Romeo’s contentions touch some especially sensitive nerves. “The colleges with the most to conceal tend to be expensive 2nd- and 3rd-tier private institutions. For instance, 85 percent of students from Ohio Northern graduated with debt averaging almost $49,000, while the median starting salary for graduates is just $44,800. Compare these figures with the statistics for Princeton, where the average debt is $5,225 for the 23 percent of graduates with any debt, while the median starting salary is $56,900.”
I’ve always tended toward the arguable logic of getting into the best and most expensive school that you can. Romeo’s point about the costly, lower-ranked schools seems to echo this, especially with his Princeton comparison.
Like a rousing Beethoven symphony or sonata, Romeo musters a memorable coda:
There’s something undeniably appealing about the romance of the chance discovery, whether of a subject or a college. But the costs of the current system are unsustainably high. If students and families still want to follow their marketing-fueled whims to a given college or pursue a subject with dismal job prospects, no one will stop them. But as [Jeffrey] Selingo [author of College (Un)Bound] observes, American higher education in its current state risks becoming, like the auto industry, a failed icon of arrogance, waste, and inefficiency.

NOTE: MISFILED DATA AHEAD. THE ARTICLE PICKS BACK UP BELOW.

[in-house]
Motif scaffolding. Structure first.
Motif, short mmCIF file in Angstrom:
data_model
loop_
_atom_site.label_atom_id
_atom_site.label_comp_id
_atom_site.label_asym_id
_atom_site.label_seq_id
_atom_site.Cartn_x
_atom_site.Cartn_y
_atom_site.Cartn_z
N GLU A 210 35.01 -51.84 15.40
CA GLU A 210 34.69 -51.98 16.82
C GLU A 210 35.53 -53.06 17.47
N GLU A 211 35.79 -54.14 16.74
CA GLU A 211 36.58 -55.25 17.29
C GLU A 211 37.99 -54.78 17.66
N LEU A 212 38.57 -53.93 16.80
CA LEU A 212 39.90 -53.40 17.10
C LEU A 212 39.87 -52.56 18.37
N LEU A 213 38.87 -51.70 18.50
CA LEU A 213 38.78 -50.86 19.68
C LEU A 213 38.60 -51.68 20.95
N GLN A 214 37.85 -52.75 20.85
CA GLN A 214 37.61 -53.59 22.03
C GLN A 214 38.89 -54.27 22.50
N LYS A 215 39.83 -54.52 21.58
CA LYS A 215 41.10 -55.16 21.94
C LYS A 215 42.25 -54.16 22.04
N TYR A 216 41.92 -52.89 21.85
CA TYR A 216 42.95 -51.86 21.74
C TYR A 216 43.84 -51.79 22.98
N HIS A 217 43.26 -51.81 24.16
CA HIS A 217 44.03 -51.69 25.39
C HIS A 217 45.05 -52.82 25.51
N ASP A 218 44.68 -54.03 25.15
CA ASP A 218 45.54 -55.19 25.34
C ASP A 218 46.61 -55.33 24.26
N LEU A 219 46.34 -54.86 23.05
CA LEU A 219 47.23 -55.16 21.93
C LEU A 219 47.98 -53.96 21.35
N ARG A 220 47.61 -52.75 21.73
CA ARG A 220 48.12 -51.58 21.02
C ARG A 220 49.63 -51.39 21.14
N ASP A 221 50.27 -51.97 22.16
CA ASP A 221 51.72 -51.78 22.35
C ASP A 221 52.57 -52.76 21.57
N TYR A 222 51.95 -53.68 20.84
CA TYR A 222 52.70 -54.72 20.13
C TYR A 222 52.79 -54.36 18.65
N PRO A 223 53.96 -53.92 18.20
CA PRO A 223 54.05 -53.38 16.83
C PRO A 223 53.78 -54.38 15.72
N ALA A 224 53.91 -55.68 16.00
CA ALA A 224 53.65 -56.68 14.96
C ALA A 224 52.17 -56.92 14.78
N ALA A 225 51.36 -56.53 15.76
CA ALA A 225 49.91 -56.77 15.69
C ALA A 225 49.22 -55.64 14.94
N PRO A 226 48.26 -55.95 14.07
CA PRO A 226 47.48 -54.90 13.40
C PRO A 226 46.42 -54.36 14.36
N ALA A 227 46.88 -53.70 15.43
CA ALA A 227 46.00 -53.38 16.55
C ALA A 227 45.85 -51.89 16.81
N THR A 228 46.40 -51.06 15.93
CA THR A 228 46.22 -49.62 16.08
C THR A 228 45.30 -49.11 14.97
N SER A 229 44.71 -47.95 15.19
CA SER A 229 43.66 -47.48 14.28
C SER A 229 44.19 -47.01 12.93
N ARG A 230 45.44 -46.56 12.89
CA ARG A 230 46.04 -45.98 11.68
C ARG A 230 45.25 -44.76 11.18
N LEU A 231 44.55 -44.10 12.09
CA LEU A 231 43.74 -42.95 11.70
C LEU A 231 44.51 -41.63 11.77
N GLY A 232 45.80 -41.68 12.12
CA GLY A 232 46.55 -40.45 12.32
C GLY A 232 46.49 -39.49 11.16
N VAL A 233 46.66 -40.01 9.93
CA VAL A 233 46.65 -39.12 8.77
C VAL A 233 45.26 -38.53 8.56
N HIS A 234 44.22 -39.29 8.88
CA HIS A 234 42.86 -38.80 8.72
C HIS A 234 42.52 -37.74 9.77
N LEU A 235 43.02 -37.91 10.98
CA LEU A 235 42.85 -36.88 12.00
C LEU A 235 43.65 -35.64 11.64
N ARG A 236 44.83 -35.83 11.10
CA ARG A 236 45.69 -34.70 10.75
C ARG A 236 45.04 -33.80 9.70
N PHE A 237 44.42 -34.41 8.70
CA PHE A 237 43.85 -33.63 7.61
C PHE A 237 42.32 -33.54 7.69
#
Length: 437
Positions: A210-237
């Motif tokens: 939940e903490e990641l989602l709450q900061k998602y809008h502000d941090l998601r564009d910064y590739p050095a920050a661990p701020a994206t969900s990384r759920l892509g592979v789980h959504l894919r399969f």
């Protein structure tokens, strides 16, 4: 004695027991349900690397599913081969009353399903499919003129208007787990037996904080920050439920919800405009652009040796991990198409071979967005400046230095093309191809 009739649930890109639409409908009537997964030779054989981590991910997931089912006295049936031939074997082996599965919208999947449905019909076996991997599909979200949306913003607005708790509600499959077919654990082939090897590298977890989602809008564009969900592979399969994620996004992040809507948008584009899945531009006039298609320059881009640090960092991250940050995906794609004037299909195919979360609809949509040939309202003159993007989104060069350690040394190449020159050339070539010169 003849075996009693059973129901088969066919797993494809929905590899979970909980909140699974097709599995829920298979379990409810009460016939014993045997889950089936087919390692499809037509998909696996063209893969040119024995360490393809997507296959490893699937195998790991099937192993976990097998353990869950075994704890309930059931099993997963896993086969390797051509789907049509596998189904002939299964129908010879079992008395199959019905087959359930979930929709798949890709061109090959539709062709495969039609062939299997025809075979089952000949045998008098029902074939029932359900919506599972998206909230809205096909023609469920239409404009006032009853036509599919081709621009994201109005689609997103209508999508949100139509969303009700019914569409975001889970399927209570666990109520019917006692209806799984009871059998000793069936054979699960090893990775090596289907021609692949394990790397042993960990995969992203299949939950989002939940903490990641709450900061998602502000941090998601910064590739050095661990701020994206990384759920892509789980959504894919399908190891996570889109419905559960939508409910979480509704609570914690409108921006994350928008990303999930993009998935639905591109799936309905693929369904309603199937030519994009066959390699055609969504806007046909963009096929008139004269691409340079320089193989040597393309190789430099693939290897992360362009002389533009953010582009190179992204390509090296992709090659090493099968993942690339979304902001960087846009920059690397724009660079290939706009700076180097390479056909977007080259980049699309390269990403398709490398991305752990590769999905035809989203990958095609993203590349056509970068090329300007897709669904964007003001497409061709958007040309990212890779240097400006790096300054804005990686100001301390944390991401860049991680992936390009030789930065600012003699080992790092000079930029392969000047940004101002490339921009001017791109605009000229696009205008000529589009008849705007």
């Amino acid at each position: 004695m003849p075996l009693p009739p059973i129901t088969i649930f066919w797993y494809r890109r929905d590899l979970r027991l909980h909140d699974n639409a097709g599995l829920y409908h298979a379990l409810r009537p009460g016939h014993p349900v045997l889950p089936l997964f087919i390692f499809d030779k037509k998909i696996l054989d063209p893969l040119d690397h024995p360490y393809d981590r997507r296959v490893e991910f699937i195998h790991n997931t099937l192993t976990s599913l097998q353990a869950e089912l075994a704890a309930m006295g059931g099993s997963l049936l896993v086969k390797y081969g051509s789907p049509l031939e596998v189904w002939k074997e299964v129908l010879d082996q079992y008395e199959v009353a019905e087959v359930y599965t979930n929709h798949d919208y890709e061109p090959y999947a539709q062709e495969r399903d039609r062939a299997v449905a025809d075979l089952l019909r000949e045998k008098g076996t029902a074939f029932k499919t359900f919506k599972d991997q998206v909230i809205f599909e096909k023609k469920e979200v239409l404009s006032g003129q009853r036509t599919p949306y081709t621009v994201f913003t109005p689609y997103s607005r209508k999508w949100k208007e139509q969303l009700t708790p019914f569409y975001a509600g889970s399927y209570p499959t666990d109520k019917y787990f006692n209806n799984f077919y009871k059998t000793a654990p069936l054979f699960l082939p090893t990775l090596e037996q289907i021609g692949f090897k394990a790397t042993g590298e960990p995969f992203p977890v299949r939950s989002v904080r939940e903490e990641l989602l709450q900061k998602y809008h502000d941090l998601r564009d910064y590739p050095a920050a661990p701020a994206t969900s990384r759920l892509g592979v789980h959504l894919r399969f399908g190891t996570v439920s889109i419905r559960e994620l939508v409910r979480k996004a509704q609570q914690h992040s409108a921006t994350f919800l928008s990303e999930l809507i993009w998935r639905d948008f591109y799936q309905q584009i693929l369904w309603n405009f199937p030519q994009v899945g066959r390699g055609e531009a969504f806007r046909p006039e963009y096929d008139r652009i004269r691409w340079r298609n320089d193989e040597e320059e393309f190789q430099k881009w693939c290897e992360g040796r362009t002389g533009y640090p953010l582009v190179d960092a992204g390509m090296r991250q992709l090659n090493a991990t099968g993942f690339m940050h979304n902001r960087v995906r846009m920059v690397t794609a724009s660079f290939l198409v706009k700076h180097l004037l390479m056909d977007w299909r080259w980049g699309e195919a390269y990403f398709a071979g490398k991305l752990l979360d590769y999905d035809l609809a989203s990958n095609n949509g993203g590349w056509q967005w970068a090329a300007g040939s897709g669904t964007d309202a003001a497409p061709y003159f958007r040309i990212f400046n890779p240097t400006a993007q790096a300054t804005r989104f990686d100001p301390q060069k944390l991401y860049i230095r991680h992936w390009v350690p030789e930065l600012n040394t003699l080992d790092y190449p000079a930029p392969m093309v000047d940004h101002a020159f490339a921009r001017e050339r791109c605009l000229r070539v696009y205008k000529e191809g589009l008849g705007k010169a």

Wow … “a failed icon of arrogance, waste, and inefficiency.” That about wraps ‘er all up, as Sam Elliott portraying The Stranger in The Big Lebowski intones. Are Romeo and I (and others) saying that college is a bad idea? Of course not.
However, what we are saying is that there may be a better path to a life’s fulfillment. Perhaps the core of the problem, at least as I see it, is that the juncture for this significant decision occurs at the intersection of immaturity and inexperience for most young people. Even mature, learned parents often fail as consultants to the many times flummoxed high school senior trying to make his or her best decision about college and life.